The New York Times decided to adopt a pay-wall subscription based access to its online content. It rolled out subscriptions for users in Canada on 17th March and plans to implement them in the US and other parts of the world, starting 28th March. However, it appears that the pay-wall has already been breached.
It can be easily bypassed with just four lines of code, according to Joshua Benton of Nieman Journalism lab. He mentions that a Canadian coder, David Hayes, has already released a bookmarklet dubbed as NYTClean, which allows readers to access articles even after bypassing their monthly limit of 20 articles. It is interesting to note that NYTimes just puts an overlay on an article accessed after crossing the limit which can be easily circumvented. This, Benton feels, might even be intentional. With web browsers like Firefox, Safari and Chrome that support extensions (there are extensions to remove Facebook ads), a plethora of add-ons that bypass this pay-wall will emerge soon.
The NYTimes has set a monthly limit of 20 free articles on NYTimes.com for users who don’t buy a subscription plan. After crossing this limit they will have to buy a digital subscription. However, the home page at NYTimes.com and all section fronts will remain free to browse for all users at all times. Also, trying to adopt a ‘social media’ friendly approach, readers who land on NYTimes articles through search engines, blogs and social media including Facebook and Twitter, will be able to access them, even after crossing their free monthly limits.
Search engines, however, will have a daily limit for free links. As Peter Kafka of AllThingsD points out, this includes Google, which will have a daily limit of 5 articles. An NYTimes spokesperson informed TechCrunch that the 5 articles per day limit applies to all ‘major search engines’, without getting into specifics.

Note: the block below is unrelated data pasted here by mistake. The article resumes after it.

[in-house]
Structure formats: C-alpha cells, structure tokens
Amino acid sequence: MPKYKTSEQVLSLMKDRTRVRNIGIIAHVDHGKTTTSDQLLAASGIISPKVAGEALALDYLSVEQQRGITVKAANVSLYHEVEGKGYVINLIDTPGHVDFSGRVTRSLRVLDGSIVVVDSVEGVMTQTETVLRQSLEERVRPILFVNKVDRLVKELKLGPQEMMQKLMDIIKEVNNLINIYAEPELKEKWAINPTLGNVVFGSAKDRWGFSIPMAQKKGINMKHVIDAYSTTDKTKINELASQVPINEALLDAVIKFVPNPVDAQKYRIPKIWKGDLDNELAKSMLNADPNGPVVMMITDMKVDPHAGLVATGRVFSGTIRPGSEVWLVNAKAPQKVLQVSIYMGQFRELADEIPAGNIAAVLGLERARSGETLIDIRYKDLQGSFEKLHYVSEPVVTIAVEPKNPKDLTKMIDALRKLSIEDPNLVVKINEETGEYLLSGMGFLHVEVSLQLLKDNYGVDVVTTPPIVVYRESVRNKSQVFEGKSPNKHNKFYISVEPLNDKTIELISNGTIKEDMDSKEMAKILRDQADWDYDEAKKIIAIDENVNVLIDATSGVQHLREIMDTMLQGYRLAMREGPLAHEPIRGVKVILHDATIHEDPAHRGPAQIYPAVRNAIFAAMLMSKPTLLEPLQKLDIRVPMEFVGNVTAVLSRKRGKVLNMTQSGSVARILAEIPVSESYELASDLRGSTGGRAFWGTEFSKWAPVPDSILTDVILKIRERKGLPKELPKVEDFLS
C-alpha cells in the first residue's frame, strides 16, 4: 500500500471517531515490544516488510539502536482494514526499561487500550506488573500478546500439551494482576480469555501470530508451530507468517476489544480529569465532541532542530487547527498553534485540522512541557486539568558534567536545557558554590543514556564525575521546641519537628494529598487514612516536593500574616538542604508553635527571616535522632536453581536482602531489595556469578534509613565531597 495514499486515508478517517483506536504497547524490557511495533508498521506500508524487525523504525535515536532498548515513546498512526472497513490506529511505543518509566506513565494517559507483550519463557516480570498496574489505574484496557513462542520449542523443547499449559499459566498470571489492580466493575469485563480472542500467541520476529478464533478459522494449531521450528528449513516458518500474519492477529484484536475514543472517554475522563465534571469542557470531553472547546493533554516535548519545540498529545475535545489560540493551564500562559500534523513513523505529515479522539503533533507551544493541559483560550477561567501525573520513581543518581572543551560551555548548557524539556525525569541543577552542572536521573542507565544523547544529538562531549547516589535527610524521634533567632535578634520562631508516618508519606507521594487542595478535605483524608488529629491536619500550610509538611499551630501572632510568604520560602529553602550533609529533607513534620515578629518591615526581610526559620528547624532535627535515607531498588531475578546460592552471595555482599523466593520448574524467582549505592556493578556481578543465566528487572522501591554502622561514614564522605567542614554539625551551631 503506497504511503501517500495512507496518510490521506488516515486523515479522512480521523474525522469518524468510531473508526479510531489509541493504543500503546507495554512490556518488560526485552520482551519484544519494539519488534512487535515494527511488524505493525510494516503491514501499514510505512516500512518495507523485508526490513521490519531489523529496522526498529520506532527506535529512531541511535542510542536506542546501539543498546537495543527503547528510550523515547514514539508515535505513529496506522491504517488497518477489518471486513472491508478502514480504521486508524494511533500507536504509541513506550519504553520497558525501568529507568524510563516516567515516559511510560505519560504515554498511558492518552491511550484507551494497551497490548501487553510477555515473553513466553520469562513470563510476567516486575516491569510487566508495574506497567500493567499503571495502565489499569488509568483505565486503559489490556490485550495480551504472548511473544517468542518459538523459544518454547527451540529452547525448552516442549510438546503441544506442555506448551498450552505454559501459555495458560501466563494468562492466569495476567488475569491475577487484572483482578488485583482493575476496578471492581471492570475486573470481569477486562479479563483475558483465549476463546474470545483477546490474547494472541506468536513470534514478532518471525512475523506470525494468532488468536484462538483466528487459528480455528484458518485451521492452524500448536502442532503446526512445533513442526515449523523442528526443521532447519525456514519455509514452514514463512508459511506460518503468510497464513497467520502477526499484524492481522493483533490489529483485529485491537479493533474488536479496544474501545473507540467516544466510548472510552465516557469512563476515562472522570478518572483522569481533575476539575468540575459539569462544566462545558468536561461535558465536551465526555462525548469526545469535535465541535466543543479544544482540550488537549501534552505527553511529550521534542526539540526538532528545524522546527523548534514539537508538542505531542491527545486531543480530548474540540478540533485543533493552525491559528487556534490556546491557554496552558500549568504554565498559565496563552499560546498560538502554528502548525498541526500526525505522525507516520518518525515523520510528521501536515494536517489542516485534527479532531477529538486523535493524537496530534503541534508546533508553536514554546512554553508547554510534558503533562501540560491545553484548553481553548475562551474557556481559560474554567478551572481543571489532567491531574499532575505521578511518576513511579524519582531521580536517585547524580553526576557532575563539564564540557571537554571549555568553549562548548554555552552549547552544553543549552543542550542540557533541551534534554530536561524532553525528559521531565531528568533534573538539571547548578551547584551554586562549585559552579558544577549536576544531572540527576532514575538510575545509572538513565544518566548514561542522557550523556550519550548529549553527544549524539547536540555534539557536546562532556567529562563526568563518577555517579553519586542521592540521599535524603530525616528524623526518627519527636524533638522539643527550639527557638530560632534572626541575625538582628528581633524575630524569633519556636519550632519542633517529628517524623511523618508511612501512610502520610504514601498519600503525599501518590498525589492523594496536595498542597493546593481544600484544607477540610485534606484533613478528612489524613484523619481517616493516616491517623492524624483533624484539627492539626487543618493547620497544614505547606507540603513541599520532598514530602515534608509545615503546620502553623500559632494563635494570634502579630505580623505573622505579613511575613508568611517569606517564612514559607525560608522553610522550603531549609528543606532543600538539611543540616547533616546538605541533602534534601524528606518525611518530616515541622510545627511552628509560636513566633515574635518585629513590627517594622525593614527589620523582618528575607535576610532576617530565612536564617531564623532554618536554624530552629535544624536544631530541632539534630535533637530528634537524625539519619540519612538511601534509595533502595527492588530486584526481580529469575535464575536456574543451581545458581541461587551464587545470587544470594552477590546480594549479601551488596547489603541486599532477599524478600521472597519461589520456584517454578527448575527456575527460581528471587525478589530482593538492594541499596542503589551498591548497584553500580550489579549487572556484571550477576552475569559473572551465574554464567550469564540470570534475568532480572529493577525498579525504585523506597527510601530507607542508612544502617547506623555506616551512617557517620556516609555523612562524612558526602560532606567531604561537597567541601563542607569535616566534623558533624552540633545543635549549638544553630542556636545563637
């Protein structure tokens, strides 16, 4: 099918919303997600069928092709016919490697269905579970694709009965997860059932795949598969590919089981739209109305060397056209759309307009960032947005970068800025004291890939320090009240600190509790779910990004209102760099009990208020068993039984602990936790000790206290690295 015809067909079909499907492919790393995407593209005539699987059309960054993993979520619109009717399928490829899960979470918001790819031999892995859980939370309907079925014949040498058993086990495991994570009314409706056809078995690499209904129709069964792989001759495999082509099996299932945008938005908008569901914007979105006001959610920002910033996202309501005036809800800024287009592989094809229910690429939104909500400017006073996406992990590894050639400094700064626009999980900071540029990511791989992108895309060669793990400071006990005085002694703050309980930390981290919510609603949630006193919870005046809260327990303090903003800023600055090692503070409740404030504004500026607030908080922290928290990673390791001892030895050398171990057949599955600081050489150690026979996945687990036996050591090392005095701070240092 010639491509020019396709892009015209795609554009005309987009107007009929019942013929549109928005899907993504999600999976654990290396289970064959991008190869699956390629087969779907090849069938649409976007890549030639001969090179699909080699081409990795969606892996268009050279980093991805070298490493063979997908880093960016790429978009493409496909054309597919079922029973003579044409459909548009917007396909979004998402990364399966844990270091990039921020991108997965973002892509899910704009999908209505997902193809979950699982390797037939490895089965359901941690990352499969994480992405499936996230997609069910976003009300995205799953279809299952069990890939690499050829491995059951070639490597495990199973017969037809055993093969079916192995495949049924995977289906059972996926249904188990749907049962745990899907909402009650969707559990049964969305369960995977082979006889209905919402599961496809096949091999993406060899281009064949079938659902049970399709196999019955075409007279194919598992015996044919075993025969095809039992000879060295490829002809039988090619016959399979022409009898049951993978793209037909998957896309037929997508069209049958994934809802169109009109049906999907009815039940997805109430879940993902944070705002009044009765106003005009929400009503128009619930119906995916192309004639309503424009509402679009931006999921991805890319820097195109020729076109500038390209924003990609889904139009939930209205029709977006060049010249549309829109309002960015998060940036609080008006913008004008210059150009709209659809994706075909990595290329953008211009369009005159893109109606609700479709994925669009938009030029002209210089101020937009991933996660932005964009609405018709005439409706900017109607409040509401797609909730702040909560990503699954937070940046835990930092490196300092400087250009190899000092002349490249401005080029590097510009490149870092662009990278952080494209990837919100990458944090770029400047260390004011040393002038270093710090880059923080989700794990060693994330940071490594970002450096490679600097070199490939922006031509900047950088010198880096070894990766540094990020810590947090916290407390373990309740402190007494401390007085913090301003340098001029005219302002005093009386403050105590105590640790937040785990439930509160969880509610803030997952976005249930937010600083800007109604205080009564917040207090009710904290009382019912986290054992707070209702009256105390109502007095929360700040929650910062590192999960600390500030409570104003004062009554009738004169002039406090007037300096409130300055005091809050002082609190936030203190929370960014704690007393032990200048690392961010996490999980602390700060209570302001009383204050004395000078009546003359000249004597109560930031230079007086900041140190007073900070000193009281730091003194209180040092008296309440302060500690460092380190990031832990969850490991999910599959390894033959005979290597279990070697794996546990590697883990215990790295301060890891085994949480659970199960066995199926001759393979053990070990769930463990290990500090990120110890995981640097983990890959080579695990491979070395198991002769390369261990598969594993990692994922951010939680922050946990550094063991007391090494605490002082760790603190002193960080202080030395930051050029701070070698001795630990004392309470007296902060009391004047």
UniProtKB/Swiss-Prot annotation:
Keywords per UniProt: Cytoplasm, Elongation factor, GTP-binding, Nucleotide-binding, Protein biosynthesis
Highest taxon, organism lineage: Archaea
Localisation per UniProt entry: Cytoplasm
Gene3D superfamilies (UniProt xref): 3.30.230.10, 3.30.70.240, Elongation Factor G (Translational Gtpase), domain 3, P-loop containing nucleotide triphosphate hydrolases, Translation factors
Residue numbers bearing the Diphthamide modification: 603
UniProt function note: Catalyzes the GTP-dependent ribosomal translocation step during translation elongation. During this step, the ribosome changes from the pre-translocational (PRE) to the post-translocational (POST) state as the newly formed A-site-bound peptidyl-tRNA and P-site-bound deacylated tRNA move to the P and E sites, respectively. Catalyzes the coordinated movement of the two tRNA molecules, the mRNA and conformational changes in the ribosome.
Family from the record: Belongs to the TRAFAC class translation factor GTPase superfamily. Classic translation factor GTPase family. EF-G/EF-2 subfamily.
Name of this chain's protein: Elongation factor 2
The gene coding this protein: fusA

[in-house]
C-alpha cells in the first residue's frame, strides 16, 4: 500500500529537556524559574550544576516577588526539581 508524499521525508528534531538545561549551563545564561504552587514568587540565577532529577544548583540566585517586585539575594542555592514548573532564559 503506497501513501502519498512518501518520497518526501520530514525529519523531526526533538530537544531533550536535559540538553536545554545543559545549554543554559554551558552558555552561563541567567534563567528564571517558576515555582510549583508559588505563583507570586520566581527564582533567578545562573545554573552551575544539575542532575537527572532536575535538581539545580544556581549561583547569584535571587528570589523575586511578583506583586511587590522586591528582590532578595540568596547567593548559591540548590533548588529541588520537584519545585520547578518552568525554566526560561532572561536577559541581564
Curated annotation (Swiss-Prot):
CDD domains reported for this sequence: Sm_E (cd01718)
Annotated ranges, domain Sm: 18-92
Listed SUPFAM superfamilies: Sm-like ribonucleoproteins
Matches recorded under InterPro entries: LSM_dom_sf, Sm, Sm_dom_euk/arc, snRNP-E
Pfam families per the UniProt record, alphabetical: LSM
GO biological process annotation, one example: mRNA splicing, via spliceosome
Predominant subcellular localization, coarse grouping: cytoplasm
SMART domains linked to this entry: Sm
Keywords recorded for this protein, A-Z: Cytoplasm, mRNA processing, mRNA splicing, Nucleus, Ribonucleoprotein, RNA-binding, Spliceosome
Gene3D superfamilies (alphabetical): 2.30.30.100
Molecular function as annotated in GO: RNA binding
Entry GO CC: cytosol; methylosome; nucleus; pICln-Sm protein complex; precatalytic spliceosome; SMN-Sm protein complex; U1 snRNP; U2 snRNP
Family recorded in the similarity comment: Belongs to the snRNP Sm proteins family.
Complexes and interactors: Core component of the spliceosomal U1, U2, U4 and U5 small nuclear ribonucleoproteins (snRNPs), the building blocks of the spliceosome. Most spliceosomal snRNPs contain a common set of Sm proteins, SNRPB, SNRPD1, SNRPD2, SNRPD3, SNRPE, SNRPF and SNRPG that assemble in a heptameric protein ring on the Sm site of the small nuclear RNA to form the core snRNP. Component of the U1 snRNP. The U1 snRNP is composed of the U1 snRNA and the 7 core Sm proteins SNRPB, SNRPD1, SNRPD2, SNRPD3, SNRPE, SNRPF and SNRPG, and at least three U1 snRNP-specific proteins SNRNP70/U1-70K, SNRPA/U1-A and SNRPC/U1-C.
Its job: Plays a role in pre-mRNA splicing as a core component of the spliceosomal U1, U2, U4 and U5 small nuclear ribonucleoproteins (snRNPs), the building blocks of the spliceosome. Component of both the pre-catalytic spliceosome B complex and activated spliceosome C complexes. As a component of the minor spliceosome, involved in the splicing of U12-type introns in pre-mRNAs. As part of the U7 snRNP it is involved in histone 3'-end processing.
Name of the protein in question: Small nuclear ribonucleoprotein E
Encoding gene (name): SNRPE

– For users who subscribe to the print version of The New York Times and The International Herald Tribune, there will be no additional charges whatsoever on the NYTimes website or apps. Print subscriptions are offered at $5.85 per week to New York based subscribers and $7.40 to subscribers living outside NY.
– On NYTimes’ Smartphone and Tablet apps, the Top News section will be free while other sections will require a digital subscription.
Digital Subscription plans are as follows:
- NYTimes.com + Smartphone access (For Blackberry, Android & iPhone) – $15 for 4 weeks
- NYTimes.com + Tablet access (iPad, Times Reader 2.0) – $20 for 4 weeks
- All Digital Access combining NYTimes.com, Smartphone and Tablet access- $35 for 4 weeks
It will have a special introductory offer on 28th March as well. These can be purchased on the NYTimes website or through Apple’s subscription services.
In India, print is still the dominant news medium, and most newspapers have free access to online content. Some news publications had their epaper behind a paywall for a while, and others, like Business Standard had put their archives behind a paywall. The Wall Street Journal also has monthly and yearly subscription plans for Print+Digital, and only digital and mobile app access plans for India. We doubt many Indian’s will pay for news online, given that a lot of the content is “agency copy” from newswire services.